Last week the European Commission proposed new safety measures to be introduced on all new models of cars sold in the European Union from 2022. So, what is the technology behind the EU’s new car safety proposals?
Intelligent Speed Assistance (ISA) Technology
According to the European Transport Safety Council (ETSC), Intelligent Speed Assistance technology is the technology that could have the biggest impact on saving lives in Europe.
ISA technology advises the driver of the current speed limit on the dashboard and will issue an audible alert if the driver exceeds the speed limit by a pre-determined amount, usually 2 km/hr.
The system works by determining the location of the car using global positioning (GPS) navigation. This is cross-referenced with speed information provided by a digital map of the road the car is currently driving on. Some systems also use speed sign recognition cameras to identify the speed limit.
Some manufacturers, particularly Ford, Honda, Jaguar and Volvo, have started to include a speed limiter facility as part of the ISA system. When activated, these systems will prevent the driver from exceeding the speed limit. This is achieved by limiting the engine power once the driver has reached the current speed limit. This is similar to existing technology used in cruise control functions.
When a driver enters a lower speed zone, the car doesn’t automatically brake. Instead, a visual warning is displayed, and it is the driver’s responsibility to reduce their speed. If the driver doesn’t brake, the engine power delimiter will activate and gradually slow the car to the new speed limit.
The ISA system can be turned on or off, usually with a button on the steering wheel. This is to allow the ISA to be temporarily overridden for occasions where a burst of speed may be required on safety grounds, for example, to pass a truck or caravan on a country road.
Advanced Emergency Braking System (AEBS)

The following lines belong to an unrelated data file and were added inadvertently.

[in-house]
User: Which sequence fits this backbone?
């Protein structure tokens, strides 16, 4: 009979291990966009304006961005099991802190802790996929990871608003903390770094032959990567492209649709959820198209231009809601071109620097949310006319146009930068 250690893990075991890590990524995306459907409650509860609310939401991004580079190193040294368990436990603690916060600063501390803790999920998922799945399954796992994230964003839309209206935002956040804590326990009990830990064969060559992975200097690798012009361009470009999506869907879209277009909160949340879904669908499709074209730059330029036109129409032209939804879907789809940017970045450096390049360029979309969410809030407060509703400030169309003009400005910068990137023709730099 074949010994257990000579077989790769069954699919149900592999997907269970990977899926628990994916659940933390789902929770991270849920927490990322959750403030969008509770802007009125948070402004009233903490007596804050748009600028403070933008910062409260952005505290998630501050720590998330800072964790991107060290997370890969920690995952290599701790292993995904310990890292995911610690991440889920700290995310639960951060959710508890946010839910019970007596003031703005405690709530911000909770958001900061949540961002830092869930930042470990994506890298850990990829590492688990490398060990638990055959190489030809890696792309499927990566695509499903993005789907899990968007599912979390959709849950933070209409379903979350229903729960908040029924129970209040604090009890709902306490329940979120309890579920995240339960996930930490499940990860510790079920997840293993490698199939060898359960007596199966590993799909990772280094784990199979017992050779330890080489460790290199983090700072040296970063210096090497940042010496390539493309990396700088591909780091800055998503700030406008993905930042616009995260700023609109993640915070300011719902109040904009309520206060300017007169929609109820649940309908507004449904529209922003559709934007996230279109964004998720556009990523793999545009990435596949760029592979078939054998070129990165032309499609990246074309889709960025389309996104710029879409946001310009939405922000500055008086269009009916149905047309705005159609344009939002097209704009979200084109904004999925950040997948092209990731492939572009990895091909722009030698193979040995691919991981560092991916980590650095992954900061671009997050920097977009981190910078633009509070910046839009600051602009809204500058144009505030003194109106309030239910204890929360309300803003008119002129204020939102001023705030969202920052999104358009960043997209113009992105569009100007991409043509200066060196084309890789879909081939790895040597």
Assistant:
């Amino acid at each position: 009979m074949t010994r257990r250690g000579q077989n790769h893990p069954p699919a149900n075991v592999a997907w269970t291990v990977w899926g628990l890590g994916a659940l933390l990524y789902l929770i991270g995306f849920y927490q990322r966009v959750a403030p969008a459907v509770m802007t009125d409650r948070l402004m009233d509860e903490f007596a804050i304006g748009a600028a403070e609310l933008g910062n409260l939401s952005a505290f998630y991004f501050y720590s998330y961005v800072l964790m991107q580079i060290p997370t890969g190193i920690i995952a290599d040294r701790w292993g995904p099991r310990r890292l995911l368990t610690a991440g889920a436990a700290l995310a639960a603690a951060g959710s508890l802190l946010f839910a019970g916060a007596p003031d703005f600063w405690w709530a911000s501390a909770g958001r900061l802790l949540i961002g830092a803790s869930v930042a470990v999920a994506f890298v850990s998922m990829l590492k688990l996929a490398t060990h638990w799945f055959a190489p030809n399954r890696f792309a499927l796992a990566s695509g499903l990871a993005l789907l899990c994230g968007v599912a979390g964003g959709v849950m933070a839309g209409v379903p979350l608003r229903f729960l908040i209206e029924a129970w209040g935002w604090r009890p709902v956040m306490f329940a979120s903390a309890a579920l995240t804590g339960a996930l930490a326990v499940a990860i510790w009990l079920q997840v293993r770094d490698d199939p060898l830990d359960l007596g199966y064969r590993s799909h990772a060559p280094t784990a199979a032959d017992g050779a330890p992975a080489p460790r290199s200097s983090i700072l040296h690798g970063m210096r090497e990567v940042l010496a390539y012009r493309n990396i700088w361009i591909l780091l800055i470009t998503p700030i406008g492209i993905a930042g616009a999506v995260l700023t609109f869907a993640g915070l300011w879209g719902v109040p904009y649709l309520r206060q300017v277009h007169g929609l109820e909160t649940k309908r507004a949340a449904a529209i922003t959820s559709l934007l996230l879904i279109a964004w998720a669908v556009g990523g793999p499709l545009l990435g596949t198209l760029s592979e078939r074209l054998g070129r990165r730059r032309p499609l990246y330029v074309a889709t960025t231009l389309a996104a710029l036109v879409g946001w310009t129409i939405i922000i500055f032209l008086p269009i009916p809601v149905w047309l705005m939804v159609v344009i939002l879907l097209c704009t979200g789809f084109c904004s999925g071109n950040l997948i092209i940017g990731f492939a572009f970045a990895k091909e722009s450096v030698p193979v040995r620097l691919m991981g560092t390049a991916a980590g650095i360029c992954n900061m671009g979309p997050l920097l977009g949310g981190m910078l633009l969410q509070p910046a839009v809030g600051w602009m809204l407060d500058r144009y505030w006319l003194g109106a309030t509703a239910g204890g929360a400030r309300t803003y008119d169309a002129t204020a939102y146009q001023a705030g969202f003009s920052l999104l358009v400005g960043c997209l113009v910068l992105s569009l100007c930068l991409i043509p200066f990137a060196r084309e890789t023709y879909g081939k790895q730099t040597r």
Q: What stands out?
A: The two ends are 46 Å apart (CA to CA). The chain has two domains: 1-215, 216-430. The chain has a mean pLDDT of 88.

The Advanced Emergency Braking System is a semi-automated braking system designed to help prevent collisions or to limit their consequences. The AEBS technology works in conjunction with the Forward Collision Warning (FCW) system. The FCW system uses cameras and/or sensors fitted to the front of a car. The cameras/sensors monitor how close a vehicle, pedestrian or other obstacle is, and detect whether a crash is imminent based on the speed of the car and the distance to the obstacle.
If the FCW system determines that a crash is imminent, a visual and audible warning is issued to the driver. If the driver fails to respond to the warning by increasing the distance between the car and the obstacle, the AEBS system is activated. This reduces the speed of the vehicle as much as possible to prevent a collision, or to minimise the impact of the collision if one should occur.
Lane Keeping Assistance Technology
Lane Keeping Assistance Systems are intended to provide visual or audible alerts to notify a driver that they are crossing over into another lane without signalling. Initial systems were intended to be used as a simple way of detecting that a driver had fallen asleep at the wheel.
The first systems used infrared sensors, but most new car models now use a video camera mounted on top of the rear-view mirror. The technology tracks the road markings, and if the car moves towards the white lines and passes over them, the driver is alerted.
Some systems are now clever enough to gently move the steering wheel to guide the car back into the centre of the lane without the driver making any corrections.